The double hull is often
presented as a solution to the problem of oil
spills. It is certainly an effective solution for minor breaches resulting
from collisions or groundings
at low speeds. However, it does not protect against collisions at full speed,
fire, explosions, breaking during a storm or dislocation on reefs, all of
which can generate major oil spills.
Possible structures for a double hull tanker
Furthermore, it makes inspecting vessels more difficult
to carry out. It inevitably increases vessels’ prices, tonnage and
maintenance costs. The benefit of the double hull is comparable to that
of a motorbike helmet: it acts as a useful form of protection, but is not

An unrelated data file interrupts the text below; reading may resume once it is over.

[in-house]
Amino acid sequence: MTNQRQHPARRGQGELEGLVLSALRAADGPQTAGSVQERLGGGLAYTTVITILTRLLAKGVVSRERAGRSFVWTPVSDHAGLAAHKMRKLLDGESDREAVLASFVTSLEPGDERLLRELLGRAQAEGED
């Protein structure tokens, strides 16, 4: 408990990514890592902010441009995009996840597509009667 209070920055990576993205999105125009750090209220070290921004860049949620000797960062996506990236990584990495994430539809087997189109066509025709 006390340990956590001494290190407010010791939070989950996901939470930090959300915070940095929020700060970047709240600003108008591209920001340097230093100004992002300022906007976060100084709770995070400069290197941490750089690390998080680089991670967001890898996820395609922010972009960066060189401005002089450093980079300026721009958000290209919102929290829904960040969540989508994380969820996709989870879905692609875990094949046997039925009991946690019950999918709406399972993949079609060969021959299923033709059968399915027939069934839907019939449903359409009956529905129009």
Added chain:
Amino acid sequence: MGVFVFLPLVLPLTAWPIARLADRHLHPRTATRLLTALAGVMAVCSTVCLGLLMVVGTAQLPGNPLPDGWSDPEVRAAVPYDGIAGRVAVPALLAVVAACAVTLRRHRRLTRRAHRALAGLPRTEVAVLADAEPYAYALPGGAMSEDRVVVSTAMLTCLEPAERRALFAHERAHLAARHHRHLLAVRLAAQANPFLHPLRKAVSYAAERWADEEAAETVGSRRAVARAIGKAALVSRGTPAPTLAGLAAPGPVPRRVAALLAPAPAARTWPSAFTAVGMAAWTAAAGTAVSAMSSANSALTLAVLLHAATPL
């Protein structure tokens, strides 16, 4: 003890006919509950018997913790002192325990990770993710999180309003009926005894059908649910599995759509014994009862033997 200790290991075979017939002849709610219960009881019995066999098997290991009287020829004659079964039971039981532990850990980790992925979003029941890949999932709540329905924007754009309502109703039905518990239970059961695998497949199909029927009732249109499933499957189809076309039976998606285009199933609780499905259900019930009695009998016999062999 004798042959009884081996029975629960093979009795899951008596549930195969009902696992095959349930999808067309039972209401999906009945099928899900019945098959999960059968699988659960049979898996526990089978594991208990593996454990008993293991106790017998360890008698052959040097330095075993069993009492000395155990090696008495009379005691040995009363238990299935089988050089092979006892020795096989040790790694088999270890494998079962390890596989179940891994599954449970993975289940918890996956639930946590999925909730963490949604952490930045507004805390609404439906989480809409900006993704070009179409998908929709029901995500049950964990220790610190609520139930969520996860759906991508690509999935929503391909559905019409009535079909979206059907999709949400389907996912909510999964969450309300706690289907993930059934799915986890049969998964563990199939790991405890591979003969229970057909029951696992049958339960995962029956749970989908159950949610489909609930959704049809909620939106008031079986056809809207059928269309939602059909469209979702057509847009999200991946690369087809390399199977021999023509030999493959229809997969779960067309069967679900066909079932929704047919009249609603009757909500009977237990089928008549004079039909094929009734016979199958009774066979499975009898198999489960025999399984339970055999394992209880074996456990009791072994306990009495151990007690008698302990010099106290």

a cure all solution.
The US was the first country to impose requirements making the double hull mandatory for all vessels frequenting its ports. The implementation of this legislation in the US complies with the following timescale:
• 1994 for new vessels
• 2009 for existing vessels with a gross tonnage of more than 5,000 (14,000 m3)
• 2015 for all remaining vessels.
This decision, made under pressure from the media and public opinion as a reaction to the Exxon Valdez incident in Alaska, gave rise to lengthy debates in the maritime community and the International Maritime Organization.
After the Erika disaster in France, Europe wished to move towards a global solution through the International Maritime Organization, involving the phase out of single hull tankers by 2010. Faced with the difficulty of reaching an agreement, the delegations decided to create a more flexible worldwide rule: remaining single hull tankers would be allowed to operate worldwide until 2015, but concerned countries (notably the European countries) could choose to ban these vessels from their ports as of 2010.